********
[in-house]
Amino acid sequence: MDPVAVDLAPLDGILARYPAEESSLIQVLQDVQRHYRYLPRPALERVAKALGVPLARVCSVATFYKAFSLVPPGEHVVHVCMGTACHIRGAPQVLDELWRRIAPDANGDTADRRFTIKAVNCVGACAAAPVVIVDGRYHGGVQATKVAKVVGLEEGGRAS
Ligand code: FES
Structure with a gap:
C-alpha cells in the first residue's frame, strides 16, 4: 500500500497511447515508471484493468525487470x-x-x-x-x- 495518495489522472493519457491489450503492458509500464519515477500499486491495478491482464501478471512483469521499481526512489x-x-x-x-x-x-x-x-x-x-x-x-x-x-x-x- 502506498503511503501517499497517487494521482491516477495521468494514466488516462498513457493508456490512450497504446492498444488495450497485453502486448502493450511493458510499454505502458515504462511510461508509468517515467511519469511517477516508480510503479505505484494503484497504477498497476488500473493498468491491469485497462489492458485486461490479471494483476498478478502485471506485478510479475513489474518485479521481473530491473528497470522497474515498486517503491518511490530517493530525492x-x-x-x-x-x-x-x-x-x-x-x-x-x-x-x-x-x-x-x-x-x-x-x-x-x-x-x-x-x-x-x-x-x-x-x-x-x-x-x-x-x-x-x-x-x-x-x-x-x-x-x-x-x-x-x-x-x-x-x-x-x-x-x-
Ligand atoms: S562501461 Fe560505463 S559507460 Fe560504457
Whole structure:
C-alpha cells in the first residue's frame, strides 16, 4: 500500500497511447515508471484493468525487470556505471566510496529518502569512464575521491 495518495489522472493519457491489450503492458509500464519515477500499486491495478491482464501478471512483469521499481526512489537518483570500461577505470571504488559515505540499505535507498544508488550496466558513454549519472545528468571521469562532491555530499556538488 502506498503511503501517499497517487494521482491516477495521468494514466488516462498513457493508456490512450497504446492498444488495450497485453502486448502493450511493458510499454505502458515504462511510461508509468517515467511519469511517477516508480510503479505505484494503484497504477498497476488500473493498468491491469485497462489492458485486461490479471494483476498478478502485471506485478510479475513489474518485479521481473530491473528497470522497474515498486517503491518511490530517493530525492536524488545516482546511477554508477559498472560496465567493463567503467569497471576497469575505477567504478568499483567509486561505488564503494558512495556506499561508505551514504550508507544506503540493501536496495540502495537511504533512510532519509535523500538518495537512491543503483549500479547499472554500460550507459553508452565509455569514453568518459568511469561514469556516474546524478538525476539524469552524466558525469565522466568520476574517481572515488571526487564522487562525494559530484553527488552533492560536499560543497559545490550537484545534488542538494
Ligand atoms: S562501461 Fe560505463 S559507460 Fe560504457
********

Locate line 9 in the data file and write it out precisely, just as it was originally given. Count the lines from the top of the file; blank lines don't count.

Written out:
Ligand atoms: S562501461 Fe560505463 S559507460 Fe560504457